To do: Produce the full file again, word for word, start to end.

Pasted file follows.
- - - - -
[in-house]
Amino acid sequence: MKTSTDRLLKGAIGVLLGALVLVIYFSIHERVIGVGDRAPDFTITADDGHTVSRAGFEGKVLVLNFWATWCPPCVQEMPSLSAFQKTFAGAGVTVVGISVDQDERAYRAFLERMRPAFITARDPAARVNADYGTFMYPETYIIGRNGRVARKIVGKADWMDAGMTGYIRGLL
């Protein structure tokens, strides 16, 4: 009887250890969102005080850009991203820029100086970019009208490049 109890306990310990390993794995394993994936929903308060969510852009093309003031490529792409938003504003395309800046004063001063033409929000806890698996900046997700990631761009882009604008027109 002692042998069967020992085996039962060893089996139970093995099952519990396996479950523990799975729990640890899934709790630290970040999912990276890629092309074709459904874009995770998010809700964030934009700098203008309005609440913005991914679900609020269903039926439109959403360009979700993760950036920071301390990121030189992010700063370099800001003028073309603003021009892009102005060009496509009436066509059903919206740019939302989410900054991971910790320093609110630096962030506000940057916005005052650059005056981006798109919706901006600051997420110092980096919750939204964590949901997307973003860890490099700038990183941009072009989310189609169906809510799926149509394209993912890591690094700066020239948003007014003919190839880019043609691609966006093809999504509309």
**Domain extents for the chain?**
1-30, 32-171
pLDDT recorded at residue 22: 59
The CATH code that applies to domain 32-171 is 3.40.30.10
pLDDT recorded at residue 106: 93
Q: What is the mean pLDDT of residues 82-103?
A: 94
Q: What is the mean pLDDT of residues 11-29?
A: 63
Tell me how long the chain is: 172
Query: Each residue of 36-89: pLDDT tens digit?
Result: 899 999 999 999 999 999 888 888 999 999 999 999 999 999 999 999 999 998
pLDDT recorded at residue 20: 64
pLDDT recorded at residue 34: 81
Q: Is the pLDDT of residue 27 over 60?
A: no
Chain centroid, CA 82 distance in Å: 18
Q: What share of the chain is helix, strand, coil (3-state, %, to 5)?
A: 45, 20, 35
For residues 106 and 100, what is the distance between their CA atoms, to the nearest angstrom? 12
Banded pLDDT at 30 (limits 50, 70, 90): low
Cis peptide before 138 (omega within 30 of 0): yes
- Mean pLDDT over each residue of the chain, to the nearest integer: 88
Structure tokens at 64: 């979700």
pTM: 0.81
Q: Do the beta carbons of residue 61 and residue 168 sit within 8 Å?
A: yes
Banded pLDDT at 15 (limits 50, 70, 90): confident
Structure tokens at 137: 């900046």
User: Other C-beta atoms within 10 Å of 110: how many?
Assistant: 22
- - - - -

[in-house]
Amino acid sequence: MKTSTDRLLKGAIGVLLGALVLVIYFSIHERVIGVGDRAPDFTITADDGHTVSRAGFEGKVLVLNFWATWCPPCVQEMPSLSAFQKTFAGAGVTVVGISVDQDERAYRAFLERMRPAFITARDPAARVNADYGTFMYPETYIIGRNGRVARKIVGKADWMDAGMTGYIRGLL
């Protein structure tokens, strides 16, 4: 009887250890969102005080850009991203820029100086970019009208490049 109890306990310990390993794995394993994936929903308060969510852009093309003031490529792409938003504003395309800046004063001063033409929000806890698996900046997700990631761009882009604008027109 002692042998069967020992085996039962060893089996139970093995099952519990396996479950523990799975729990640890899934709790630290970040999912990276890629092309074709459904874009995770998010809700964030934009700098203008309005609440913005991914679900609020269903039926439109959403360009979700993760950036920071301390990121030189992010700063370099800001003028073309603003021009892009102005060009496509009436066509059903919206740019939302989410900054991971910790320093609110630096962030506000940057916005005052650059005056981006798109919706901006600051997420110092980096919750939204964590949901997307973003860890490099700038990183941009072009989310189609169906809510799926149509394209993912890591690094700066020239948003007014003919190839880019043609691609966006093809999504509309």
**Domain extents for the chain?**
1-30, 32-171
pLDDT recorded at residue 22: 59
The CATH code that applies to domain 32-171 is 3.40.30.10
pLDDT recorded at residue 106: 93
Q: What is the mean pLDDT of residues 82-103?
A: 94
Q: What is the mean pLDDT of residues 11-29?
A: 63
Tell me how long the chain is: 172
Query: Each residue of 36-89: pLDDT tens digit?
Result: 899 999 999 999 999 999 888 888 999 999 999 999 999 999 999 999 999 998
pLDDT recorded at residue 20: 64
pLDDT recorded at residue 34: 81
Q: Is the pLDDT of residue 27 over 60?
A: no
Chain centroid, CA 82 distance in Å: 18
Q: What share of the chain is helix, strand, coil (3-state, %, to 5)?
A: 45, 20, 35
For residues 106 and 100, what is the distance between their CA atoms, to the nearest angstrom? 12
Banded pLDDT at 30 (limits 50, 70, 90): low
Cis peptide before 138 (omega within 30 of 0): yes
- Mean pLDDT over each residue of the chain, to the nearest integer: 88
Structure tokens at 64: 């979700």
pTM: 0.81
Q: Do the beta carbons of residue 61 and residue 168 sit within 8 Å?
A: yes
Banded pLDDT at 15 (limits 50, 70, 90): confident
Structure tokens at 137: 């900046």
User: Other C-beta atoms within 10 Å of 110: how many?
Assistant: 22